Gaining personal jurisdiction over nonresident defendants is a problem frequently encountered by Nebraska attorneys. When faced with this problem, present Nebraska law requires that the attorney pursue one of two courses of action: (1) wait until the defendant is physically present within the state and serve him with process at that time, or (2) show that the defendant has in some way impliedly consented to the jurisdiction of Nebraska courts. In response to International Shoe Co. v. Washington, several state legislatures have codified jurisdictional due process as outlined in that case. These statutes allow the state's judicial machinery to reach beyond state boundaries and pull in nonresident defendants. It is this characterization of the statute from which the term "long arm statute" is derived. The purpose of this article is, therefore, to create an incentive for the passage of a long arm statute in Nebraska, and to provide information which will be helpful in drafting and interpreting its provisions.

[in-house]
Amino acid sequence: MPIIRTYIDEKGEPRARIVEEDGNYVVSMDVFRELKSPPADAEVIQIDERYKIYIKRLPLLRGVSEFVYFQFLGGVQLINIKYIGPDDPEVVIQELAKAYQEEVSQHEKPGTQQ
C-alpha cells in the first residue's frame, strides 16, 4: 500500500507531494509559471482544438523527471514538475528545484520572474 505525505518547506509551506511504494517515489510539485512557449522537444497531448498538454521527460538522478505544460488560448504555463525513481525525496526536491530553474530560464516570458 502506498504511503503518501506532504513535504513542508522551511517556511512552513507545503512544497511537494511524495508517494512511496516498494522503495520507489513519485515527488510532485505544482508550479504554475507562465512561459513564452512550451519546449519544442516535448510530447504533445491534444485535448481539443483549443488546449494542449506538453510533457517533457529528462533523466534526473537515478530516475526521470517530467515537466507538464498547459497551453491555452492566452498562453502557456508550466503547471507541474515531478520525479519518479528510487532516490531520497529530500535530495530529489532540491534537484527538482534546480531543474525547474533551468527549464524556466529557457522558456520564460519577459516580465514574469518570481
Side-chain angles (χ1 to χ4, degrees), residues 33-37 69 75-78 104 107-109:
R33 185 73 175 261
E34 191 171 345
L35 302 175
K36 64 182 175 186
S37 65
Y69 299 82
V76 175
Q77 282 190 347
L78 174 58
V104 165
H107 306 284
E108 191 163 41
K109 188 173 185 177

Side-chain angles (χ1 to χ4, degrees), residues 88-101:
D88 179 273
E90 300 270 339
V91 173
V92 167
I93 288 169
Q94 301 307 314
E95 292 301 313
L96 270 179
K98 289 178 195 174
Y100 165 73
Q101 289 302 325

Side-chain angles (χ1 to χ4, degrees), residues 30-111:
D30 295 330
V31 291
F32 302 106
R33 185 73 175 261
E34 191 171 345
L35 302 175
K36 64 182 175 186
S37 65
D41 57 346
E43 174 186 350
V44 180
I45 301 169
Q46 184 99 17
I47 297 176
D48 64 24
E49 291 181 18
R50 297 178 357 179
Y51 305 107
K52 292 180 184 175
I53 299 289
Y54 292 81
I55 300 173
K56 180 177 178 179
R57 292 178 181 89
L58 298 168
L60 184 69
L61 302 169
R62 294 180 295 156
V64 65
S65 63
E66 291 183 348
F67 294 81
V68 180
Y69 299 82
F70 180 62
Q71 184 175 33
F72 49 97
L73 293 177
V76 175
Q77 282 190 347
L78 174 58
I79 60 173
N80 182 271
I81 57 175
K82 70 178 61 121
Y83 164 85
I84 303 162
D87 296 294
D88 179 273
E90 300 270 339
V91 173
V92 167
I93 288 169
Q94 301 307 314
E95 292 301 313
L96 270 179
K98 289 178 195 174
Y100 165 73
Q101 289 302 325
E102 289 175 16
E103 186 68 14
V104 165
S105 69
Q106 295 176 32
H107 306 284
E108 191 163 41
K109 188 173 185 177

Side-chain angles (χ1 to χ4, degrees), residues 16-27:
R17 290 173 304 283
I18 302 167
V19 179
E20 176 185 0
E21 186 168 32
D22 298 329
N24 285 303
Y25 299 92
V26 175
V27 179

I. Introduction

II. General Requirements for Due Process

III. Legislative Application of International Shoe … A. Types of Long Arm Statutes Available in Other Jurisdictions … B. Theory Behind the Drafting and Interpreting of a Long Arm Statute … C. Major Problems Arising in the Drafting and Interpreting of a Long Arm Statute

IV. Judicial Interpretation … A. Transaction of Business … B. Tortious Act … C. Ownership, Use, or Possession of Real Estate … D. Contracting to Insure Any Person, Property, or Risk

V. Nebraska Law and Extended Jurisdiction

[VI]. Conclusion